Prof. Per-Anders Abrahamsson, MD: Prostate Cancer Highlights from EMCC 2011

Prof. Per-Anders Abrahamsson, MD discusses the highlights in prostate cancer at the 2011 European Multidisciplinary Cancer Conference in Stockholm.

The Group Room at the 2011 European Multidisciplinary Cancer Conference was made possible, in part, by:

VIDEO TRANSCRIPT

Selma Schimmel, Founder & CEO, Vital Options International:

This is Selma Schimmel at the Multidisciplinary Cancer Congress 2011 in Stockholm. Hello, Professor Doctor Abrahamsson. Thank you for making time to talk to us here in Stockholm about advances in the area of prostate cancer.

Prof. Per-Anders Abrahamsson, MD, Dept. of Urology, Lund University, Sweden:

I’m happy to be here, first of all. Secondly this is my capital and I’m happy we’re running a huge convention here, a meeting, a congress, and especially since there are a lot of new news about prostate cancer treatments that hasn’t been presented previously in any other meetings. It is indeed exciting times.

Selma Schimmel:

What are some of the advances and what you feel are the most compelling areas of research right now and really hope for men facing prostate cancer?

Prof. Per-Anders Abrahamsson:

Now we learned to know that for instance in face of the new drugs now launched in a few weeks in Europe they’re going to make a difference for advanced prostate cancer, especially, and those failing classical hormone therapy. In other words biochemical castration, surgical castration and so forth. Coming back, what we call bad chemical failure and also progression leads to metastasis and so forth. So obviously always new compounds in the pipeline are very, very promising. I would say it’s a make or break for the treatment of prostate cancer, especially with advanced stage disease.

Selma Schimmel:

What’s the mechanism of action of these new compounds for advanced prostate cancer?

Prof. Per-Anders Abrahamsson:

Essentially they’re acting on the antigen receptor, and we thought historically until millennium ten years ago that androgen receptor doesn’t play that kind of role in it anymore when it comes to advanced prostate cancer, especially what we call castration resistant cancers. But it does. It is still instrumented and is the key to make progress in terms of new drugs. And that’s why recently it’s so excited to find what we now have at least four or five promising drugs on the market, or at least coming in in the near future to treat our patients. And they’re all targeting different levels of the androgen receptor.

Selma Schimmel:

Up until this point the modality available to men for – in this case, advanced prostate cancer – how are men treated?

Prof. Per-Anders Abrahamsson:

When you fail classical hormone therapy then the next step would be to use chemotherapy, and it was launched 2004 docetaxal and it was used widely across the globe but there are a number of toxicities and side effects associated with cancer treatment modality; that is the problem for the patients. So I think with these new drugs coming in now with limited side effects is really a major step forward.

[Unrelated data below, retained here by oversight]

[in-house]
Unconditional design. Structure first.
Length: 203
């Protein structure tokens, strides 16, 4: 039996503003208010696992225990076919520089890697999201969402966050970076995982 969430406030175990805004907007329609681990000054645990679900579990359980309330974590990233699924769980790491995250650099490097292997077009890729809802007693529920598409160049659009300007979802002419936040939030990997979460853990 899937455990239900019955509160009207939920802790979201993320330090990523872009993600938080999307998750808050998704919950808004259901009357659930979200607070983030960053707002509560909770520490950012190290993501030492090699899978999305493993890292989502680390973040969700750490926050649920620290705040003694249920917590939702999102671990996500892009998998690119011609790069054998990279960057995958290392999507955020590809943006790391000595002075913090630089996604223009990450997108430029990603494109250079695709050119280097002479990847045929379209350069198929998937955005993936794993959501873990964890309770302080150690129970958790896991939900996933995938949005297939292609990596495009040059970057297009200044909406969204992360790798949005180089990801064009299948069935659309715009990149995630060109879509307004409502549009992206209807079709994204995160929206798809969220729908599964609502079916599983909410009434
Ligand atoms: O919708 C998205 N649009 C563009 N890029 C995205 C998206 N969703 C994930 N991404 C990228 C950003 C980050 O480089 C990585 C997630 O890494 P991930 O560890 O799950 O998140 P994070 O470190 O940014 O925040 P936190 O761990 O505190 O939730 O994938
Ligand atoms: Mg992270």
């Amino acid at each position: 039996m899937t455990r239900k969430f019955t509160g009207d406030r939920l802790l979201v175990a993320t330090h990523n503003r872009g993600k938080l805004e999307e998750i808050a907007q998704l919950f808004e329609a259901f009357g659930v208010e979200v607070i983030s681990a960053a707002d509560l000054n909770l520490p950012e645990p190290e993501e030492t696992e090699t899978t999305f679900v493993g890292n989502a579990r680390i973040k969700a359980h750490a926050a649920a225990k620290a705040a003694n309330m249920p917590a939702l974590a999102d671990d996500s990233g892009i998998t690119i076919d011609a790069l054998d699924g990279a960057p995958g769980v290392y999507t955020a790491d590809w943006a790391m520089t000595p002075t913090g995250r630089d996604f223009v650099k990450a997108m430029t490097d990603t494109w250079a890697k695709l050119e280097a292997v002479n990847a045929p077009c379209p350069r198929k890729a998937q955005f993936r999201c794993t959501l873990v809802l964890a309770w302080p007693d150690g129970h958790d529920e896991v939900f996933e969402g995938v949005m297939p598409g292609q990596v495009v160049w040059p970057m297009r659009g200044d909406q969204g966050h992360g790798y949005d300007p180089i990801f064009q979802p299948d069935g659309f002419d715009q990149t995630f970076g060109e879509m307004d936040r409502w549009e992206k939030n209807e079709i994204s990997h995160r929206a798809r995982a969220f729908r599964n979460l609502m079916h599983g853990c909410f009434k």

Selma Schimmel:

Are these new compounds oral compounds or are they delivered by IV still?

Prof. Per-Anders Abrahamsson:

No, that’s the difference between docetaxal chemotherapy because all these compounds you give as a tablet once or three times a day and that’s it. So it’s very simple for the patient to administer that kind of treatment back home. You don’t need to go to see a nurse or a doctor to get an IV infusion and so on and so forth. So it’s really a major step forward.

Selma Schimmel:

So it’s also a shift in responsibility for the patient because now it becomes the responsibility of the patient to be sure that they take their drugs on their own at home.

Prof. Per-Anders Abrahamsson:

Yes, that’s going to be perhaps a little bit of a negative part of it but if you’re suffering over advanced prostate cancer I would be very surprised if the patient doesn’t really comply and follow your prescription from a doctor or a nurse to really take the pills if it’s going to be once or twice or three times daily.

Selma Schimmel:

What role do you see chemotherapy playing in the advanced prostate cancer setting at this point?

Prof. Per-Anders Abrahamsson:

Well at present time those pills launched on the market so far they are only allowed to be used after chemotherapy. But the next step would be, as we have on-going clinical trials, to start up with these new drugs actually prior to chemotherapy. That is actually what my patients are asking for because they have fear that chemotherapy has a negative taste. They know for sure based on experience from other patients that are from a lot of toxicity and side effects associated with that – chemotherapy and drugs.

Selma Schimmel:

Do you foresee a time where you see some of these innovative therapies will not have to wait then, till the metastatic setting but can come closer into first line therapies?

Prof. Per-Anders Abrahamsson:

Clearly that is going to be the future. The only problem is of course the cost because we are dealing with a number of drugs and our question is still have we solved anything in trials? Maybe we should combine some of these drugs because we are targeting different levels of androgen receptor on a cellular level and even above the cellular level in the prostate. So that is the next challenge for us as clinicians and scientists, to really find out whether one pill a day or a combination of different kinds of pills may play a difference or make a difference for patients, I mean.

Selma Schimmel:

Thank you Professor Abrahamsson, it was a real pleasure speaking with you.

Prof. Per-Anders Abrahamsson:

Thank you so much.

END OF VIDEO

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